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HMRC boss writes to MPs over loan charge suicides

HMRC chief executive Sir Jon Thompson has written to the Loan Charge All Party Parliamentary Group (LCAPPG) expressing concern about reports of suicides among taxpayers faced with large tax bills arising from their use of disguised remuneration schemes

He says that HMRC takes the welfare of customers very seriously but, despite repeated requests, is having difficulty in finding out information about the individuals that it can send to its oversight body, the Independent Office for Police Conduct.

His email to LCAPPG chair Sir Ed Davey and vice chairs Ruth Cadbury and Ross Thomson said that the Loan Charge Action Group (LCAG) first mentioned someone had taken their own life because of their liabilities in November last year.

“Since then a number of references have been made to suicide, either by members of LCAG or others on social media,” Sir Jon says. “We have also been contacted by an individual through the complaints process.”

“Despite both direct approaches to individuals, and repeated requests to LCAG, no information has been provided that has enabled us to identify an individual that we can link to both taking their own life and the loan charge. Clearly, we refute any suggestions that we have failed to act in the appropriate manner.”

Last week, Aberdeen South MP Ross Thompson, a vice chairman of the APPG, raised the issue at Prime Minister’s Questions. He called on prime minister Theresa May to personally intervene to delay the loan charge “before more lives are damaged”.

“Last week,” he said, “MPs heard harrowing testimony from family members of a man who tragically committed suicide because he faced the loan charge – a 20-year retrospective tax facing thousands of families in my constituency and across the UK.”

His call was backed by the LCAG, which was set up in March last year by three taxpayers caught up in the disguised remuneration issue to raise awareness of the loan charge and provide information and resources for others affected by it. It now has more than 3,000 members, including NHS workers, teachers, public sector agency staff, power, gas and oil industry contractors, as well as IT, digital and banking sector specialists.

LCAG urged May to personally intervene to delay the introduction of “this draconian legislation”, bearing in mind not just the “tragic news of another suicide” but also “the reported risk among those facing the loan charge”.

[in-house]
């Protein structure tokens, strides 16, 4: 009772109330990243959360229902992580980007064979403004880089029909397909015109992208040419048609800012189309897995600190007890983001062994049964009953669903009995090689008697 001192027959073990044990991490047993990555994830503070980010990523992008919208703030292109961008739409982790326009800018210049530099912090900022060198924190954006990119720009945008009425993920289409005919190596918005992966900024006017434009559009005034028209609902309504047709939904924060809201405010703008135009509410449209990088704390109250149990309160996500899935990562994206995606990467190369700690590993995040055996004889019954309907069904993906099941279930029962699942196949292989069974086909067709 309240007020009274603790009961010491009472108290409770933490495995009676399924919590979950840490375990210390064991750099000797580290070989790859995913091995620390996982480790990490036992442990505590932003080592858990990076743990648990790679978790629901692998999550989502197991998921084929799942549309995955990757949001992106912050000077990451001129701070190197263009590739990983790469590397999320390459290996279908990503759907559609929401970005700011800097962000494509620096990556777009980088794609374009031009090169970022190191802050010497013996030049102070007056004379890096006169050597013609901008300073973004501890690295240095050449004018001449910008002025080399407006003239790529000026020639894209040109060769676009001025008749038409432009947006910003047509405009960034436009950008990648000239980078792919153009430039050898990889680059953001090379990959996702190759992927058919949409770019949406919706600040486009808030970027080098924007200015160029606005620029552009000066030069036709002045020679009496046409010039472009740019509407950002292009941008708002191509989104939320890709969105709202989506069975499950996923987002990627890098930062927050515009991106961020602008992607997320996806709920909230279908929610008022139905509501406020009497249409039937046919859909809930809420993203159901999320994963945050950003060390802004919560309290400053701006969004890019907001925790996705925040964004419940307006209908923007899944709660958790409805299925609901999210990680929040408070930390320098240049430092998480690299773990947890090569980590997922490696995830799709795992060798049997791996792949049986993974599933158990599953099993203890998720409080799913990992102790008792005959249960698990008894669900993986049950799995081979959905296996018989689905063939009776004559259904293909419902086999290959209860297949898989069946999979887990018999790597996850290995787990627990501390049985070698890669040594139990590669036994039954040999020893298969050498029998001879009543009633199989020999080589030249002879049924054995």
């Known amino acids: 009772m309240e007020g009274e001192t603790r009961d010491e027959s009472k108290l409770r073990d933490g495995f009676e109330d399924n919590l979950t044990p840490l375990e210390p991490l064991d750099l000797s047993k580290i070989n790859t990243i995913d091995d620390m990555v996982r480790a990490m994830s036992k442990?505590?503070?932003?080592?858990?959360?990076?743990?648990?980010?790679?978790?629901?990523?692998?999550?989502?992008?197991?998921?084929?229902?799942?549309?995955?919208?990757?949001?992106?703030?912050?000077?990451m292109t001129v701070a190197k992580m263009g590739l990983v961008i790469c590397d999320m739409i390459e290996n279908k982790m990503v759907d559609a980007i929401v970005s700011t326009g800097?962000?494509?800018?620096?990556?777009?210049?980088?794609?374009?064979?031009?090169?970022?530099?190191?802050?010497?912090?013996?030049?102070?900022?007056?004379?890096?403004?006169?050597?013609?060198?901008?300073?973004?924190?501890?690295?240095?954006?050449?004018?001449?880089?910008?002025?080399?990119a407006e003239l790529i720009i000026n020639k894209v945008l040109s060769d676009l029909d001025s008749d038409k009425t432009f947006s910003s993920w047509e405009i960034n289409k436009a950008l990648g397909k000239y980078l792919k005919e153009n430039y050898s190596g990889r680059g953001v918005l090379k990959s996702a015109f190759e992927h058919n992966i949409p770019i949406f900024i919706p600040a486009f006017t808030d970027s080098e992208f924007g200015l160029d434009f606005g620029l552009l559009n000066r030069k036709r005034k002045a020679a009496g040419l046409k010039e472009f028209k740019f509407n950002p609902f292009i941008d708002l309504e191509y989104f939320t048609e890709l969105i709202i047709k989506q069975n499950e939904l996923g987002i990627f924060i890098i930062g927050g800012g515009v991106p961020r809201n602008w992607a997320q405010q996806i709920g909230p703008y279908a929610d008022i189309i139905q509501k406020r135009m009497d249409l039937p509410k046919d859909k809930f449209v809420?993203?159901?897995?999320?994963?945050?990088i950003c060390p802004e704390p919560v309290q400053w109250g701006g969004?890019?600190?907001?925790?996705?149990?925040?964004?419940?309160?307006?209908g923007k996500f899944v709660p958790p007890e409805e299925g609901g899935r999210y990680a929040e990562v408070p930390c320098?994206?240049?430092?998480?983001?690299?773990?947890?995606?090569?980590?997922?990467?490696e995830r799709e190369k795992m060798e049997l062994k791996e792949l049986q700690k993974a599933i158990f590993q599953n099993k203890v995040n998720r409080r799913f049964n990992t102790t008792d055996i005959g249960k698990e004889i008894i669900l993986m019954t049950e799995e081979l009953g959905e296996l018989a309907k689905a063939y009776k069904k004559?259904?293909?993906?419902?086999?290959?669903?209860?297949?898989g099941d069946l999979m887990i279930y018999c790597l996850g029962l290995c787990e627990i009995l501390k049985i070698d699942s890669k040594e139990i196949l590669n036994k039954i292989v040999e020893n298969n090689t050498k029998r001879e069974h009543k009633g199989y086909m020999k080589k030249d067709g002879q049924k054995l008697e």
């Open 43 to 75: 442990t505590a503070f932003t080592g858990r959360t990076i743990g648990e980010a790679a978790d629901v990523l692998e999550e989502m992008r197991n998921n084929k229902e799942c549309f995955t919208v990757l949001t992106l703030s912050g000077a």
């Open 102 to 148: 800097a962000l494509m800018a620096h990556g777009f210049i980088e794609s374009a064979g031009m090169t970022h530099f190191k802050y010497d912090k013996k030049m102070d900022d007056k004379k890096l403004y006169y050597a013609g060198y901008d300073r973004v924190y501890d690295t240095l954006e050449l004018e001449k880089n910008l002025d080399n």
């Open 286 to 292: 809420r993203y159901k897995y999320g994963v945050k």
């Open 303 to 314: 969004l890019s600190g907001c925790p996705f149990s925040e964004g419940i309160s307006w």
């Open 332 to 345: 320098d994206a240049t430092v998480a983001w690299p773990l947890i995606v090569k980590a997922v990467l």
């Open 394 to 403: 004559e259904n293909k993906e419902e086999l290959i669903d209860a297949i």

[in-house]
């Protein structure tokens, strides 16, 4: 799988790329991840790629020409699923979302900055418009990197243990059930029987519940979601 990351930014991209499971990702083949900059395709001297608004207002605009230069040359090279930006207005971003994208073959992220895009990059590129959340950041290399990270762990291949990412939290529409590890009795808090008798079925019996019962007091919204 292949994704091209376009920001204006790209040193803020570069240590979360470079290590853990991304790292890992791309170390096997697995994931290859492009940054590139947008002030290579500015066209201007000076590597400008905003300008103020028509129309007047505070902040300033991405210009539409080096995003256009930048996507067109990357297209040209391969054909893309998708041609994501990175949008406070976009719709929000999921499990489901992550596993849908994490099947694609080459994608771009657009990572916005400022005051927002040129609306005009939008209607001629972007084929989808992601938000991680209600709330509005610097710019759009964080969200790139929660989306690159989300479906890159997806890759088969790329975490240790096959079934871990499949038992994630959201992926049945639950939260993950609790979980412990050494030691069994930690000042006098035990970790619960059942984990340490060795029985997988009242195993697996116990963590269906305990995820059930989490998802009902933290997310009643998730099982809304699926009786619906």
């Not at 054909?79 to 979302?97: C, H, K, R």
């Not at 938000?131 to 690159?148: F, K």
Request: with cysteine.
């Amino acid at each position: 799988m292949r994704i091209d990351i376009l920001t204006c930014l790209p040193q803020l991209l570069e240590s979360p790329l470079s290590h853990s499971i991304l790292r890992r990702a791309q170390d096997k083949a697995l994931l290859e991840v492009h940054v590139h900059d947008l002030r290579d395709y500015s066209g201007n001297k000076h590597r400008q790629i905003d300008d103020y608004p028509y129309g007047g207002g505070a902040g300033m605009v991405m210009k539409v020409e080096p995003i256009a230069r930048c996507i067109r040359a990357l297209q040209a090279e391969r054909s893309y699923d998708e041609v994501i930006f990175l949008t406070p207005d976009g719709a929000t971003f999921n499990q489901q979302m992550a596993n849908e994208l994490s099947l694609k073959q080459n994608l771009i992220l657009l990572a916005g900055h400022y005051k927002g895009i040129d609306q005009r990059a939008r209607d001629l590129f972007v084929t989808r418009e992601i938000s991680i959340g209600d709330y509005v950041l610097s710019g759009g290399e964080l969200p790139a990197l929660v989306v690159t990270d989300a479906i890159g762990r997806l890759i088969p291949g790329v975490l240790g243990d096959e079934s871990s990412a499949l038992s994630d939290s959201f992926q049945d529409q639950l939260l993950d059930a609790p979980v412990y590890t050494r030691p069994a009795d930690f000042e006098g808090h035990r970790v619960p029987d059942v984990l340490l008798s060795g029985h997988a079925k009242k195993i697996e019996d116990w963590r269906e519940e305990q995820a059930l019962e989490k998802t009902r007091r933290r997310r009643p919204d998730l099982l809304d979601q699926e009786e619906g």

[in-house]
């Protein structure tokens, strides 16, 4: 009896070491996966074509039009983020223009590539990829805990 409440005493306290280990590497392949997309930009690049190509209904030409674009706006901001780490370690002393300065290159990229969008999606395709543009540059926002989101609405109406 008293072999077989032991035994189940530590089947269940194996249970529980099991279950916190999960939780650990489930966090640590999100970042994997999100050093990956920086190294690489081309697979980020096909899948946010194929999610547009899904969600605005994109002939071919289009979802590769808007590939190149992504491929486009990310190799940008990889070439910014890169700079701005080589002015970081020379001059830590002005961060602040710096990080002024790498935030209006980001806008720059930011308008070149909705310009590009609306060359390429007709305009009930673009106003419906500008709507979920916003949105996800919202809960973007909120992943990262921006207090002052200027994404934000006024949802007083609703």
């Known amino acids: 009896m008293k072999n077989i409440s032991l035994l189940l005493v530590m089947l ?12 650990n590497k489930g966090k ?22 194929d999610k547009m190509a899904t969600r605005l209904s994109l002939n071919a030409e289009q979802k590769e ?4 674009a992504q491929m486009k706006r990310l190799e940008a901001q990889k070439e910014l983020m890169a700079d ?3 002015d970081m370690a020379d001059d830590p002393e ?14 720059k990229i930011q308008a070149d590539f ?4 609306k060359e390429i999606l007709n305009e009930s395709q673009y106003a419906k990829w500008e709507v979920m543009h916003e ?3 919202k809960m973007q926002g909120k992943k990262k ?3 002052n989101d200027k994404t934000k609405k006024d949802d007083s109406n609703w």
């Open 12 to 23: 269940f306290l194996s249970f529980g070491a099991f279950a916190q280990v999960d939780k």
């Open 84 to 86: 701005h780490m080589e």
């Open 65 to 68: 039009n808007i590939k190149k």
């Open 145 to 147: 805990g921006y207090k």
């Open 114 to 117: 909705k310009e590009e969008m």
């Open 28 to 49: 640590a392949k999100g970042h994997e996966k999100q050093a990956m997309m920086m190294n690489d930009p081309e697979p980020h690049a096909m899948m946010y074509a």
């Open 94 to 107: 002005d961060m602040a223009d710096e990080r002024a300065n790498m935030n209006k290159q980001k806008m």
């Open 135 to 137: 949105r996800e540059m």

The group pointed out that thousands of contract and freelance workers were facing bankruptcy, anxiety and stress as a result of the charge, “which breaks normal legal convention and allows HMRC to impose a retrospective 20-year tax grab for arrangements that were legal and declared to them at the time”.

“From LCAG survey figures, a huge 68% of those facing the loan charge admitted to suffering from depression and anxiety. A shocking 39% – well over a third of all affected – reported suicidal thoughts and a risk of self-harm,” it said.

It accused the Treasury and HMRC of ignoring the suicide risk and “instead resorting to misleading and inflammatory propaganda to seek to justify the retrospective tax and cover up HMRC’s own failings”.

LCAG added that the risk of people committing suicide had been raised in the House of Commons by MPs Peter Bone and Ann Main, as well as Ruth Cadbury. “Cadbury raised the recent testimony to the Loan Charge APPG during a House of Commons debate to the responsible minister, Mel Stride, on Monday, who astonishingly simply ignored it,” it said.

The group also said that it had asked HMRC and the Treasury to set up a helpline for distressed taxpayers but both had refused “despite being aware of the suicide risk posed by their policy”. “There are serious question marks about the duty of care of both the Treasury and HMRC now it is known that they ignored warnings and people have actually taken their own lives.”

In his email to the MPs, Sir Jon refers to the request but points out that a dedicated helpline for avoidance scheme users already exists, with call handlers trained to deal with vulnerable taxpayers and to direct them, if ne be, to relevant organisations, including The Samaritans. “Counselling is not an area of expertise one would associate with a tax authority,” he adds.

“My concern is that the tone of some of the debate around the loan charge, and the spreading of unconfirmed rumours, risks creating additional concern for vulnerable customers,” he tells the LCAPPG.

He asks the MPs to encourage worried taxpayers to get in touch with HMRC. “Constant tweets implying that the loan charge will be dropped and therefore people should hold off approaching us does nothing to help those with disguised remuneration liability.”








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